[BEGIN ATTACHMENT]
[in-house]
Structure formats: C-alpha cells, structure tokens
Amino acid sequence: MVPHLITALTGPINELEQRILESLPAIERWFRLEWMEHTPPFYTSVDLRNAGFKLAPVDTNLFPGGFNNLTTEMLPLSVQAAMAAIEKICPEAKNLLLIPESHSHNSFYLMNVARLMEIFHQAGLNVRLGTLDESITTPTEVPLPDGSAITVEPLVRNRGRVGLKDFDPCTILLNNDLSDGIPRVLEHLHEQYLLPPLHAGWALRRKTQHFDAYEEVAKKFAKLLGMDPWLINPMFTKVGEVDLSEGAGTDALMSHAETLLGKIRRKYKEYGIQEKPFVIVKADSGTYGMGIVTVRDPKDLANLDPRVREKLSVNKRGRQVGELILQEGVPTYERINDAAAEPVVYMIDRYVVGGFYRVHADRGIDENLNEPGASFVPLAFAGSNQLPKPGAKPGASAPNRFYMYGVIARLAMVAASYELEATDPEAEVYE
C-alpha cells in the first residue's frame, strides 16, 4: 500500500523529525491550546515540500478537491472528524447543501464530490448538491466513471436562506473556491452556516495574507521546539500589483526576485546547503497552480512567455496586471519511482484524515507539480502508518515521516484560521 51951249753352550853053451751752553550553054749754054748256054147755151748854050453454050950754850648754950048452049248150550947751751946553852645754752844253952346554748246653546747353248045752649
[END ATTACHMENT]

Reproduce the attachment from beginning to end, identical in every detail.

[in-house]
Structure formats: C-alpha cells, structure tokens
Amino acid sequence: MVPHLITALTGPINELEQRILESLPAIERWFRLEWMEHTPPFYTSVDLRNAGFKLAPVDTNLFPGGFNNLTTEMLPLSVQAAMAAIEKICPEAKNLLLIPESHSHNSFYLMNVARLMEIFHQAGLNVRLGTLDESITTPTEVPLPDGSAITVEPLVRNRGRVGLKDFDPCTILLNNDLSDGIPRVLEHLHEQYLLPPLHAGWALRRKTQHFDAYEEVAKKFAKLLGMDPWLINPMFTKVGEVDLSEGAGTDALMSHAETLLGKIRRKYKEYGIQEKPFVIVKADSGTYGMGIVTVRDPKDLANLDPRVREKLSVNKRGRQVGELILQEGVPTYERINDAAAEPVVYMIDRYVVGGFYRVHADRGIDENLNEPGASFVPLAFAGSNQLPKPGAKPGASAPNRFYMYGVIARLAMVAASYELEATDPEAEVYE
C-alpha cells in the first residue's frame, strides 16, 4: 500500500523529525491550546515540500478537491472528524447543501464530490448538491466513471436562506473556491452556516495574507521546539500589483526576485546547503497552480512567455496586471519511482484524515507539480502508518515521516484560521 51951249753352550853053451751752553550553054749754054748256054147755151748854050453454050950754850648754950048452049248150550947751751946553852645754752844253952346554748246653546747353248045752649